KASAMA Vol. 19 No. 2 / April-May-June 2005 / Solidarity Philippines Australia Network

Protesters March for Refugee Rights

GEORGE NEWHOUSE, one of Vivian Alvarez-Solon’s legal team, addressed the Sydney gathering for World Refugee Day on June 19th.

First, I want to make a confession. I am not a human rights lawyer, I’m an ordinary solicitor and I’m a father, but I was so shocked when I found out what our government did to Vivian Solon that I determined to fight her case, and if that fight is victorious and other people’s lives are saved, or improved in the process then, so be it.

On hearing of Vivian’s circumstances for the first time I was moved by the thought that her children had not heard a word from their mother in four years and that they could only imagine why she had vanished without a goodbye or a trace. Vivian’s children are about the same ages as mine and I know from my own experience how it feels to have lost a parent at a very young age. My stomach turned at their anguish.

And I also know, as a member of the Jewish community, the full horror of the words ‘illegal deportation’ and ‘racial discrimination’. My people have been there, and their suffering is well known to me, as it is to the world.

But is this a fair comparison? Is there a racial or religious element in what John Howard is doing to people of a different complexion, with different dress and accents or even different convictions? I believe there is. And I pose these questions.

If Vivian had an English, American or Irish accent and if she had been involved in a car accident and was found by the side of the road in Lismore, north New South Wales — what would have happened to her? Would she have been frogmarched to the airport and exiled to the Philippines?

No, She would have been treated in hospital, healed of her wounds, her identity uncovered and her children, her Australian friends and relatives told where she was.

But this didn’t happen to Vivian.

She was dumped in a hospice for the dying in the Philippines where she might have remained — and those who put her there well knew this — for the rest of her life.

Why? Because she wasn’t white and she spoke with an accent. That’s all it seems to take for someone to be locked up and deported these days.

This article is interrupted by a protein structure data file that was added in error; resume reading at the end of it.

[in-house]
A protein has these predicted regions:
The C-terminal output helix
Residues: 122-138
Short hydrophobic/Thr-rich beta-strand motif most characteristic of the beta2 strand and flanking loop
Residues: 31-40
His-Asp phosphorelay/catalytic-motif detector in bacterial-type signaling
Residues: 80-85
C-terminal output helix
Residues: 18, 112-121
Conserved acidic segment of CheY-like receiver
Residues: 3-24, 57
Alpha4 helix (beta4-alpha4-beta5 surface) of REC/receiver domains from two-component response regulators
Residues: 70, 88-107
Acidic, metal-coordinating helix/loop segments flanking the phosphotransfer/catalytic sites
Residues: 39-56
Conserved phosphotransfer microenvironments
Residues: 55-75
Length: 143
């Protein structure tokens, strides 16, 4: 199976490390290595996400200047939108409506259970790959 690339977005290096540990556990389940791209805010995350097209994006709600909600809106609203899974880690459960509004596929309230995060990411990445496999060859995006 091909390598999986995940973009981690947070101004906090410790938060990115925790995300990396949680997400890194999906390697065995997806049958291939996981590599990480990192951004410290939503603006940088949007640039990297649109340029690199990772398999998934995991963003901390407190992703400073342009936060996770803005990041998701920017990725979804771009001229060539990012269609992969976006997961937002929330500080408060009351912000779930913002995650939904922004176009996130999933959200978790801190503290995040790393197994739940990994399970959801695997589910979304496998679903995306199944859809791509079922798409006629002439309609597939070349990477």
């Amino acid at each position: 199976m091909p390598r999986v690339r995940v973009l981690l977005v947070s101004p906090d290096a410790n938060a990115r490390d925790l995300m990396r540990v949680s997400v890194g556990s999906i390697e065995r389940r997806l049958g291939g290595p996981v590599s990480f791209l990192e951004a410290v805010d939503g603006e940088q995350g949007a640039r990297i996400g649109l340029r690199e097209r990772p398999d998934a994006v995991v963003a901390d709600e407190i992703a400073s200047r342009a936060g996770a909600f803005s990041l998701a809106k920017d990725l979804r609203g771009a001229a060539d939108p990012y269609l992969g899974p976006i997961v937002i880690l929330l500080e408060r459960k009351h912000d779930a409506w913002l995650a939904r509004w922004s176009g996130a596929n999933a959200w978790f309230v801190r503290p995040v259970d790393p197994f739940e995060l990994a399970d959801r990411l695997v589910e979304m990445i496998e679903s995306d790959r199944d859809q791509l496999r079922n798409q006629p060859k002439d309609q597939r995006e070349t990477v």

Gross negligence, reckless indifference and the cruelty of those who look once and then look away is, I believe, at the heart of Vivian’s case. I feel uncomfortable calling it a fight for human rights.

We are fighting to get Vivian what she deserves and bring her home. But this government is mean spirited and refuses to provide her most basic needs like shelter and some money to live on. Even today, more than a month since she was discovered in the Philippines, after an initial settling in period, John Howard has offered Vivian nothing other than her medical expenses. What we seek are conditions under which Vivian will be able to recover from her traumatic ordeals in reasonable safety and peace.

But of course there’s a larger question too. Vivian’s case begs the question about what the Howard government has been doing to people like her for the past four years. At long last Liberal backbenchers are speaking out. But it’s been many long years and too many lives that have been wrecked to bring us these headlines, this public hand-wringing, this ‘non-core’ promise to do better in future. Years in which John Howard, Amanda Vanstone and Philip Ruddock vilified the innocent and smashed childhoods. Yet instead of rebuking the head of the Immigration Department for the damage, this government rewarded him last week, with a Queen’s Birthday honour.

How have we let this government castrate, disempower and morally corrupt the federal public service, trample over human rights and unleash sadists into immigration detention camps which imprison vulnerable women and children? What kind of people would put a helpless woman with unresolved spinal injuries on a plane to fly to another country while she was having fits; to another country where they knew she wouldn’t even get painkillers, let alone decent medical care?

I could not sleep at night if I did that to an animal let alone another human being. But the head of the Department of Immigration, Mr Farmer, sleeps well. He said in a statement that immigration staff deserve more recognition for their achievements.

Well, Mr Farmer, I will not rest until the achievements of the officers responsible for Vivian’s misery are recognised and they are disgraced for what they did. You can shift them to other departments, but they can’t hide. I want men like Mr Farmer and his lackeys to think twice before they become accomplices in such reckless cruelty ever again.

Since Vivian’s case became known, up to 200 other cases of what is insidiously described as ‘institutional maltreatment’ — we used to call it cruelty and injustice — have miraculously turned up.

Yes, Petro Georgiou has pushed for change and the Prime Minister is now stumbling backwards, waving his arms and burbling about this being one of his government’s many failings. Amanda Vanstone, like Pontius Pilate, washes her hands of it all with calls for a change of culture in her department.

Of course Cornelia Rau contributed to the government’s change of heart but Vivian Solon, I believe, tipped the balance in changing Australians’ attitudes towards mandatory detention, and I suppose we all should, in a way, be grateful for her suffering. Because by it a culture of humiliation and contempt has been made known to everyone, and even admitted to by its minister, and things may therefore change at last.

I am an ordinary Australian, who became concerned about the treatment of a vulnerable woman and I give thanks to Vivian for having faith in me and my partners and allowing us to take on her case.

I am proud to have been part of the avalanche that is now rolling across Australia, and will ultimately roll this inhuman government out of office.

I thank you.